When Moscow-installed authorities in the southeastern Ukrainian city of Melitopol began distributing Russian passports, mother-of-two Olesya Novitskaya did not hesitate.

“I think we will all live in Russia, and I need a Russian passport,” the 31-year-old makeup artist said in central Melitopol, holding her youngest son in her arms.

She spoke to AFP during a closely supervised press tour organized by the Russian defence ministry.

Currently on maternity leave, Novitskaya had come to apply for a Russian passport with her two young sons.

Novitskaya hopes she will be better off under Russian authorities, adding she often did not have enough money to buy diapers.

“Things in Ukraine were tough,” said Novitskaya, who was part of a queue of several dozen people applying for Russian papers.


Journalists were not allowed to move freely in the predominantly Russian-speaking city or interview locals without supervision.

In autumn the Moscow-installed authorities are hoping to organise a referendum on joining Russia.

Billboards across the city in the region of Zaporizhzhia are flashing Russian President Vladimir Putin’s promise that locals themselves will determine their future.

In a few weeks Novitskaya is expected to pledge allegiance to Moscow. The Russian anthem will be played in a small room decorated with a portrait of Putin. She will receive her Russian citizenship and a copy of the constitution.

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– ‘Everyone is divided’ –

Moscow-installed authorities have also been distributing Russian papers in other Russian-controlled Ukrainian territories in a move designed to make the occupation permanent.

Moscow’s campaign of Russification also includes the introduction of the Russian currency, plans to introduce the Russian school curriculum, and the launch of bus and train services between Moscow-annexed Crimea and the southern Ukrainian regions of Zaporizhzhia and Kherson.

Russian troops took control of the city in the early days of Moscow’s military intervention in Ukraine.


Compared to the devastated southern port city of Mariupol, Melitopol has been mostly spared the ravages of Russia’s intervention.

The Russian military presence in Melitopol is fairly light, and checkpoints installed at entry points into the city are flying Russian and Soviet flags.

Novitskaya said she had been waiting for Moscow’s arrival for years.

“Honestly, we expected this to happen in 2014,” she said, referring to the year when Moscow annexed the peninsula of Crimea from Ukraine and supported pro-Russian separatists in the east of the ex-Soviet country. But she admits that not everyone wants Russians to stay.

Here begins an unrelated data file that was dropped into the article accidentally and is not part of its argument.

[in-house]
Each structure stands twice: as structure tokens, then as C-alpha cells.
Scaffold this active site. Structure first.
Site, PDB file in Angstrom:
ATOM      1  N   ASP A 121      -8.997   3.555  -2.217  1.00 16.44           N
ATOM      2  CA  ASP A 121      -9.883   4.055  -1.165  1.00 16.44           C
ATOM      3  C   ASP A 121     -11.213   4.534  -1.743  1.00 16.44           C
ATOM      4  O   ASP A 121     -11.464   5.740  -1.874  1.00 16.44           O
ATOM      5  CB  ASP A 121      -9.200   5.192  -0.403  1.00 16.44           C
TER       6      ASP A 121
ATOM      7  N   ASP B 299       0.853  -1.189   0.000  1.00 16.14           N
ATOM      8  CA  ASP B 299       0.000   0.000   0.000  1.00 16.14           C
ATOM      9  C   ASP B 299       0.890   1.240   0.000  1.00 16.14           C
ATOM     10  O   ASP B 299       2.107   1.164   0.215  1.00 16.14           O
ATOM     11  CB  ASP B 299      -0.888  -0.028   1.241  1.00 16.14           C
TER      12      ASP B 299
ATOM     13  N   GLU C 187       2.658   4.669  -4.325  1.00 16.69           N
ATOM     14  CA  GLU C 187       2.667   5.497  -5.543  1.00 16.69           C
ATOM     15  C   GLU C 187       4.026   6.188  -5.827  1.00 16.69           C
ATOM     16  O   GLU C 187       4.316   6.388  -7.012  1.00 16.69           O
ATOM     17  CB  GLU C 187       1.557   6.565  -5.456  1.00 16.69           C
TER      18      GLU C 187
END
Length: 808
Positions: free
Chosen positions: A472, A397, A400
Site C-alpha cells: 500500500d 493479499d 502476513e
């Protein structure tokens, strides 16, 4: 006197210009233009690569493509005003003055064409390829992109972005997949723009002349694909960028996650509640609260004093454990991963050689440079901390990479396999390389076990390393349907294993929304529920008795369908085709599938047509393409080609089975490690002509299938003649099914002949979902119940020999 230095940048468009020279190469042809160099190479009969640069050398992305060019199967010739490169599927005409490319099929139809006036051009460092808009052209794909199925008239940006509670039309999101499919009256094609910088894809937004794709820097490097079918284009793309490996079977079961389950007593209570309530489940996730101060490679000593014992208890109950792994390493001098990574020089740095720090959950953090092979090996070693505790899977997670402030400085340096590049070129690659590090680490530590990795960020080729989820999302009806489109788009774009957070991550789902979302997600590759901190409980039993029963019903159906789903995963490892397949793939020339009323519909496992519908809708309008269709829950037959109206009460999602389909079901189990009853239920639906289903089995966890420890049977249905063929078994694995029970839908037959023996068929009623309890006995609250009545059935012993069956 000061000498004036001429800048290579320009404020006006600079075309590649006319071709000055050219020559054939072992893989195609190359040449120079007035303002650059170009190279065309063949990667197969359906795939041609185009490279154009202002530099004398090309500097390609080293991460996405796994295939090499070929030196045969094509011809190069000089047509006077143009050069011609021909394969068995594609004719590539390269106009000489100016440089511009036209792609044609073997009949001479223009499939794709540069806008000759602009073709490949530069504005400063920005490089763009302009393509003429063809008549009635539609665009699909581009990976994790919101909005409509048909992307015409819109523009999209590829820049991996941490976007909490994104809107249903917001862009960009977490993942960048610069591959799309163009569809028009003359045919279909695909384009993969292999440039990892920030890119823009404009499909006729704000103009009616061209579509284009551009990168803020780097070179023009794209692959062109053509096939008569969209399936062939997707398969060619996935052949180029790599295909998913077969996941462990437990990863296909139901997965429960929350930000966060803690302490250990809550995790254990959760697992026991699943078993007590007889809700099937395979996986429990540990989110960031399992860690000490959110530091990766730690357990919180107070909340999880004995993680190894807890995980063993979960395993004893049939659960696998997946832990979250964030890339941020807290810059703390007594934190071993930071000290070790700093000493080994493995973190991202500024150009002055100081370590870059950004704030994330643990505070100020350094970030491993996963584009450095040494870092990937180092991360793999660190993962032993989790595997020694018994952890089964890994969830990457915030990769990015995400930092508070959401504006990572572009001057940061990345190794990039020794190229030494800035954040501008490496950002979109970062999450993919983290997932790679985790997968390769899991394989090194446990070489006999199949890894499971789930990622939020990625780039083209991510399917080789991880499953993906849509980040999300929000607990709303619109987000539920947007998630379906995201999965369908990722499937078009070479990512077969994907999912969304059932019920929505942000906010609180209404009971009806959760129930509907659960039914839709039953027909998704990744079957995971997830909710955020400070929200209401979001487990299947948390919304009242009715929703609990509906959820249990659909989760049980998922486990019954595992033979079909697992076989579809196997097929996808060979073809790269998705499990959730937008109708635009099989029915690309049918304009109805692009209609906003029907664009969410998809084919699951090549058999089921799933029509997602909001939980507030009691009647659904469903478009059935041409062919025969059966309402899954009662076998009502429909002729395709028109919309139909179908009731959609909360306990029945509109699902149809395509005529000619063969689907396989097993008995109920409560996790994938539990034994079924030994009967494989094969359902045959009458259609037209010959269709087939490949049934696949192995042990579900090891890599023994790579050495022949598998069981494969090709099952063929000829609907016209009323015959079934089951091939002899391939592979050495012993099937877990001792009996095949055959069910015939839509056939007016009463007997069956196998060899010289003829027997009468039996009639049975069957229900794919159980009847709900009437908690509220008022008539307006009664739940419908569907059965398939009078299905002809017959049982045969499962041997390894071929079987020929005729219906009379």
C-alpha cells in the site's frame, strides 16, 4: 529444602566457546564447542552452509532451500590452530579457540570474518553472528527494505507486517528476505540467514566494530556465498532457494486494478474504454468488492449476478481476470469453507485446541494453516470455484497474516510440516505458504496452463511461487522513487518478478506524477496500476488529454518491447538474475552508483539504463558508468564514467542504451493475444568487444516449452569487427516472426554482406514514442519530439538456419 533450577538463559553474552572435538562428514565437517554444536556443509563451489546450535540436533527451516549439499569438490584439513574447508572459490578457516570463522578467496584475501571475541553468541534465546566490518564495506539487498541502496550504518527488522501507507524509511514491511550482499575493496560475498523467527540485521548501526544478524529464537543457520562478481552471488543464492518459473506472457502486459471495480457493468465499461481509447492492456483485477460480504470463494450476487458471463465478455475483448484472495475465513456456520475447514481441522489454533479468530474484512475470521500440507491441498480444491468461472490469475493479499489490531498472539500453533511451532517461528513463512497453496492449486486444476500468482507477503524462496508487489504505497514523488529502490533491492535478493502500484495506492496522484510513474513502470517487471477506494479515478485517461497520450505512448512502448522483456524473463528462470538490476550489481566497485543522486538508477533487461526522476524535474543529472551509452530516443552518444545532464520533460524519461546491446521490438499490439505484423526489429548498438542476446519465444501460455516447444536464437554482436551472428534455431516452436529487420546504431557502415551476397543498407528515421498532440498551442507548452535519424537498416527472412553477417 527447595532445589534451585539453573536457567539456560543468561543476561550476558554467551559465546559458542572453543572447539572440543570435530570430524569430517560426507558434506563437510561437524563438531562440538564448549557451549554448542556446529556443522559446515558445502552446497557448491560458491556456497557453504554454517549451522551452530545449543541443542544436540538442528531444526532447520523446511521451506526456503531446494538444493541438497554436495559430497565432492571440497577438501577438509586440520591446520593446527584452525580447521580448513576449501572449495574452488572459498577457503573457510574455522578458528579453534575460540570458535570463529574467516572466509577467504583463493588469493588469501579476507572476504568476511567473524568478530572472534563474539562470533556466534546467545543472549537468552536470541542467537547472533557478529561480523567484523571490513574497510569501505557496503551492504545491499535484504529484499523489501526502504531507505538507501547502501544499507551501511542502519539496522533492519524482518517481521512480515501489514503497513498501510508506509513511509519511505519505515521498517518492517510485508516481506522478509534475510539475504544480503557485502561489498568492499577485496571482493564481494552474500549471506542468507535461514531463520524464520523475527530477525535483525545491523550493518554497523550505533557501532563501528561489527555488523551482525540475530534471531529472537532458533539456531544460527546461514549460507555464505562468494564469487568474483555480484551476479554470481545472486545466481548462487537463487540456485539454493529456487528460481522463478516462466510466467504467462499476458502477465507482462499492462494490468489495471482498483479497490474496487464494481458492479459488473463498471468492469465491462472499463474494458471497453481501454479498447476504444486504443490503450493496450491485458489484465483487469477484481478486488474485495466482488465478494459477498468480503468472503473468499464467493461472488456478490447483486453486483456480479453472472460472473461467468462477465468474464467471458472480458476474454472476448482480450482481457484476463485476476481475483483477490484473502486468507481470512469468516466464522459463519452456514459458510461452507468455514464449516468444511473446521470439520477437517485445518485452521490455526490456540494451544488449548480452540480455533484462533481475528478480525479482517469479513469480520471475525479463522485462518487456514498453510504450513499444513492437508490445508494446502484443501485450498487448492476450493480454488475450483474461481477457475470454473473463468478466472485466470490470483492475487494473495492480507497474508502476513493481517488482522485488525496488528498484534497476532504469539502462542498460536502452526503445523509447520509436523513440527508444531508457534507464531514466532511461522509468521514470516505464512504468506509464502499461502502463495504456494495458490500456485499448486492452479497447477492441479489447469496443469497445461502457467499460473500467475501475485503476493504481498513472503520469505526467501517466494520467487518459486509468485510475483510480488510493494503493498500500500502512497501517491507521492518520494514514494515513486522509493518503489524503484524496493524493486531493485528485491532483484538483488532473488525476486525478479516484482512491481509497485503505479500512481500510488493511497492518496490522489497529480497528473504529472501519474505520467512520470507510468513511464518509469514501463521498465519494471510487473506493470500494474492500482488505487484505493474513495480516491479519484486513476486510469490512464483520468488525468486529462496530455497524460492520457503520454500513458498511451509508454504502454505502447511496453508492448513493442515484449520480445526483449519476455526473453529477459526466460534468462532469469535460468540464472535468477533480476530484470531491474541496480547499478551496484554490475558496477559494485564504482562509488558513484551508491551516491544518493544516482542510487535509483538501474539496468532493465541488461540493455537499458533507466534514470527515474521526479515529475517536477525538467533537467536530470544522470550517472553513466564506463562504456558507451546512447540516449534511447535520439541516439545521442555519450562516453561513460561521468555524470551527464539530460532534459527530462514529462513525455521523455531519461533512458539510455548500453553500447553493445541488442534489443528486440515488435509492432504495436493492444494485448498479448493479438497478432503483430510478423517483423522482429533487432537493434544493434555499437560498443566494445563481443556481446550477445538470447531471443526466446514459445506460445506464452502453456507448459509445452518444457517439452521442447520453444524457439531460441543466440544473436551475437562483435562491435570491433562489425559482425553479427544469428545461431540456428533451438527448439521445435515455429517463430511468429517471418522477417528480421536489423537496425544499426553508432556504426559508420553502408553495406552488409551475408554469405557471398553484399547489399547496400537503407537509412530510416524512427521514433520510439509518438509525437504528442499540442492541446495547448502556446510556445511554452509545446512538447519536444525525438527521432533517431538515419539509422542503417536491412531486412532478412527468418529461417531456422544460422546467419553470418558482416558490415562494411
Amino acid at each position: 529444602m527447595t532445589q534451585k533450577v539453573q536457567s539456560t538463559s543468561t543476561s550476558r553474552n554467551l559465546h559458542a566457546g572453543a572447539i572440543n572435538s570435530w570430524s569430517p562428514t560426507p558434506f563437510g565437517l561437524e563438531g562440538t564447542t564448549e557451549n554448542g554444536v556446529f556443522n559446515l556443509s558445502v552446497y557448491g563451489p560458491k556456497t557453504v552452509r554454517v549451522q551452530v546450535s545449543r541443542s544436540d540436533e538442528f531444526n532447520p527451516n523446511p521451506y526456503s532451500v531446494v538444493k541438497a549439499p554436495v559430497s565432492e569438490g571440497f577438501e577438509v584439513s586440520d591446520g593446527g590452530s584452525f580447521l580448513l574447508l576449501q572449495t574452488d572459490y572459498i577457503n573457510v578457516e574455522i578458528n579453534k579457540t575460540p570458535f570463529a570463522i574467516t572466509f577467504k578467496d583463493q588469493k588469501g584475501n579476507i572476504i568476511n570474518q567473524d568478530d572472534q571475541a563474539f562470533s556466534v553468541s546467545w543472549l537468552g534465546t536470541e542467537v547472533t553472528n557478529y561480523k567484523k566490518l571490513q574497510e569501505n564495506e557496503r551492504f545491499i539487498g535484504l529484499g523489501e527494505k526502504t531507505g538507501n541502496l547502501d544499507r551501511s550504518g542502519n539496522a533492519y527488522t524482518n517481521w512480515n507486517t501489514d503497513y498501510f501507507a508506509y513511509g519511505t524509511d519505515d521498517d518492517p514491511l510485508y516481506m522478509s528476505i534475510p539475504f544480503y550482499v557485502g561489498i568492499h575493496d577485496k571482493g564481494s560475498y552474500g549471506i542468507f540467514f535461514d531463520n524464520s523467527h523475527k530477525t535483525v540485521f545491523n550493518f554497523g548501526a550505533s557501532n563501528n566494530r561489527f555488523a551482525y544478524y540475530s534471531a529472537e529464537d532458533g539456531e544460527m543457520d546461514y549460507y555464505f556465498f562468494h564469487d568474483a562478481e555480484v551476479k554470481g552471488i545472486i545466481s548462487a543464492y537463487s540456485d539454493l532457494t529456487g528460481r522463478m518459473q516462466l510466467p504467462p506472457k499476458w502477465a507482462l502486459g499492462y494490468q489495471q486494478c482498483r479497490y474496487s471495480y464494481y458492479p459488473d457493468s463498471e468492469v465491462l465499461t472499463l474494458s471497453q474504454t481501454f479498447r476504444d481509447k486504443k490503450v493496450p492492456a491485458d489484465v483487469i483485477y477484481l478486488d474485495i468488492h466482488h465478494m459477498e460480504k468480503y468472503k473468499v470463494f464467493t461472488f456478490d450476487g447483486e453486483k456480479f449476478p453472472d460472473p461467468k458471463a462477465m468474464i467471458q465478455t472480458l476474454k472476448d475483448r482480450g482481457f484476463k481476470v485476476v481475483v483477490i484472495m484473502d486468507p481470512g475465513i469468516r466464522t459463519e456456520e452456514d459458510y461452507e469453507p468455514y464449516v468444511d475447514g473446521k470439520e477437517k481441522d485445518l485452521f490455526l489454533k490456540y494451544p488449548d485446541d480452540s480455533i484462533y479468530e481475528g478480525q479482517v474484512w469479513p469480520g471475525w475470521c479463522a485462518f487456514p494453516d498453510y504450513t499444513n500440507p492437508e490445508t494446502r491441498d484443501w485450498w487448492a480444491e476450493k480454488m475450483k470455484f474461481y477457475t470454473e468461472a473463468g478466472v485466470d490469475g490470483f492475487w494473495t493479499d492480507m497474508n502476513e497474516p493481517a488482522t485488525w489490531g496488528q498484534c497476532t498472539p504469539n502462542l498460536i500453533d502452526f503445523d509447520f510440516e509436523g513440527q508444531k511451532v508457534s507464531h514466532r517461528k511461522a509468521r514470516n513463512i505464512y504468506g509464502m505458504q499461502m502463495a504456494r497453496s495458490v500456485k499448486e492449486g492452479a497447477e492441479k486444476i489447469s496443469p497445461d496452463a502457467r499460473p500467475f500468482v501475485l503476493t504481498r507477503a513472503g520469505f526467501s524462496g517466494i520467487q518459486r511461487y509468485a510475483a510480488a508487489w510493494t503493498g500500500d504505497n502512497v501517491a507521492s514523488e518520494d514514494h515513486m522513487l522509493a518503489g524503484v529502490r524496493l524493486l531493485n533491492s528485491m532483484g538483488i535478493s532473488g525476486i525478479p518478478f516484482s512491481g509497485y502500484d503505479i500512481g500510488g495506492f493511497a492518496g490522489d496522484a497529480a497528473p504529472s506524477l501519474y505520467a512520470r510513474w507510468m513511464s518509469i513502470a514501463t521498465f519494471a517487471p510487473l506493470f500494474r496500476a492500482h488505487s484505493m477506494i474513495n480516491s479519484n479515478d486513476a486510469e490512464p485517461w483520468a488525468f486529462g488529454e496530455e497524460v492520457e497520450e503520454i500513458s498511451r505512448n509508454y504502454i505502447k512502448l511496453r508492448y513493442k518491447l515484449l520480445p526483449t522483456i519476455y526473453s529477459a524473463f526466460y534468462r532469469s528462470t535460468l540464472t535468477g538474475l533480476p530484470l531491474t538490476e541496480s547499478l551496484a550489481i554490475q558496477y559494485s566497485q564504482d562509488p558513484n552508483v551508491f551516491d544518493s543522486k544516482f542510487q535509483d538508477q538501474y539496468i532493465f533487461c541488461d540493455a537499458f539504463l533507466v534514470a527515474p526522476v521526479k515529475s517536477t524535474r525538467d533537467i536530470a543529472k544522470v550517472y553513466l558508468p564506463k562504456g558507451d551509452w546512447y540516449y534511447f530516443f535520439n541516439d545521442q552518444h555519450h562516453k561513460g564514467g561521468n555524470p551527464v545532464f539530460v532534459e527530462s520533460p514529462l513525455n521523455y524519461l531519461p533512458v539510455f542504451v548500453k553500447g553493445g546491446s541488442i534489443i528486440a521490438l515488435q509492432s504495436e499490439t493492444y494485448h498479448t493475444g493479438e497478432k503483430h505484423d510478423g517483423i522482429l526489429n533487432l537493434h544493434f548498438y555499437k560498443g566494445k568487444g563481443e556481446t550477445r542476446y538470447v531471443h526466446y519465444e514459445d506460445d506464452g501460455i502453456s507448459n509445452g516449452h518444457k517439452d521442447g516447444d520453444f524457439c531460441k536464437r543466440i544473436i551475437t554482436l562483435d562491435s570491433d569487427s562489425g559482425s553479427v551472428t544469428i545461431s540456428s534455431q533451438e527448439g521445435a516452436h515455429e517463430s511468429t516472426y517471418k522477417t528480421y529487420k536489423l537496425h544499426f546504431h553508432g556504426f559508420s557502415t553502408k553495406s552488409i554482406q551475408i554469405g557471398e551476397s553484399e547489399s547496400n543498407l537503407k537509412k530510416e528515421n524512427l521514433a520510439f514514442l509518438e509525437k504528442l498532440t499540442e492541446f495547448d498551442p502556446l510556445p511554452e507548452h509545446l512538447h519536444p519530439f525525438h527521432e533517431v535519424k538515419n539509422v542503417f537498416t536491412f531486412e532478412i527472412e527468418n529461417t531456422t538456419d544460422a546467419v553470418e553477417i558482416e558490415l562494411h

“Everyone now is divided — some are pro Russia, some are pro Ukraine,” she said.

The young woman identifies herself and her family as Russian, and said studying in Ukrainian was difficult for her eldest son, who is in primary school.

“I think it will be easier for him from now on,” she said. “We don’t speak Ukrainian.”

– ‘Everyone is afraid’ –

Damir Kadyrov, a 65-year-old pensioner, was equally enthusiastic.


He said he needed to get a Russian passport because Russia had come to stay.

“If Russia has come, then that’s it,” he said.

“Once they decided to destroy these fascists, things will be calm, like in Soviet times,” he said, echoing Moscow propaganda slogans that describe Ukrainian authorities as “Nazi” and “fascists”.

However not all residents of Melitopol, which had a population of some 150,000 people before the start of the offensive, share those views.

The head of the Moscow-installed administration, Yevgeny Balitsky, estimates that just around 20 to 30 Russian passports are distributed in the city every day and about 100 across the entire region.

“We are not happy with the pace yet,” he recently told reporters, noting that checks by the Russian security service, the FSB, were also slowing down the process.

A climate of distrust in the city is palpable.

Some locals continue to identify themselves as Ukrainians and support Kyiv authorities. Those who support Russia fear being seen as “collaborators”.

During the closely supervised press tour, many people did not want to speak on camera and left the queue.

Another Melitopol resident, Galina, said locals did not discuss the Moscow presence and the distribution of Russian passports.


“This is still a taboo,” the 58-year-old woman said, refusing to give her last name.

“Everyone is afraid.”

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